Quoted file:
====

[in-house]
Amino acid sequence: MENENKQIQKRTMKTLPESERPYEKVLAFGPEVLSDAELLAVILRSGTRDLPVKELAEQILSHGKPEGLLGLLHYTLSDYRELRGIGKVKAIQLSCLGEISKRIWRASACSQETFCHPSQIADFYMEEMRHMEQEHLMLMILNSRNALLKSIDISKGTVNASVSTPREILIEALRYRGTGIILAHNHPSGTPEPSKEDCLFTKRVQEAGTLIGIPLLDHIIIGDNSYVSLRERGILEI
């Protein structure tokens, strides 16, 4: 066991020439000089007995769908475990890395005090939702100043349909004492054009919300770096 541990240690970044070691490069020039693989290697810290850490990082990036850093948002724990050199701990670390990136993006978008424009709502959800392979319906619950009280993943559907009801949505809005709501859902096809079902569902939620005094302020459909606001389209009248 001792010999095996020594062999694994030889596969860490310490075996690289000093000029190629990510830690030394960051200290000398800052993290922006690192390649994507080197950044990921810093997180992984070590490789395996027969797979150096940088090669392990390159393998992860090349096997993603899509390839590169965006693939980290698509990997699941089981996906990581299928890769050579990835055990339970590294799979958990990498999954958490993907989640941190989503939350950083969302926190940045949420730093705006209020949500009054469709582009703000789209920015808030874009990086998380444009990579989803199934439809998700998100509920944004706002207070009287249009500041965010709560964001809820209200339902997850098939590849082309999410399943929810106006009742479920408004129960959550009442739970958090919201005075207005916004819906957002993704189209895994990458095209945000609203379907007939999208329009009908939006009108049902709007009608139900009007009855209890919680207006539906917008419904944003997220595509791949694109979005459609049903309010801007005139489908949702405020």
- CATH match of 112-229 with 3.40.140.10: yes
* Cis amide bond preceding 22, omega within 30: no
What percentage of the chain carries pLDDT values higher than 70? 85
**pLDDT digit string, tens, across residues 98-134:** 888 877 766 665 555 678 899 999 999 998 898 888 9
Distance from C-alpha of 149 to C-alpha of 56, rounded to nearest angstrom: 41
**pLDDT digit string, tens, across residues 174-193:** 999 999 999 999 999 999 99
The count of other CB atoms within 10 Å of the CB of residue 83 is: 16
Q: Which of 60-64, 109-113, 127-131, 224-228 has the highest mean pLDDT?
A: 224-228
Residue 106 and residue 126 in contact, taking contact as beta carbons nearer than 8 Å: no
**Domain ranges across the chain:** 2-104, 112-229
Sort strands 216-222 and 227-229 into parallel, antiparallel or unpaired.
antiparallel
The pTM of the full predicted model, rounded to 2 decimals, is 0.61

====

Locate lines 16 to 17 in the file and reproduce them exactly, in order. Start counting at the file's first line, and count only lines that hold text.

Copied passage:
antiparallel
The pTM of the full predicted model, rounded to 2 decimals, is 0.61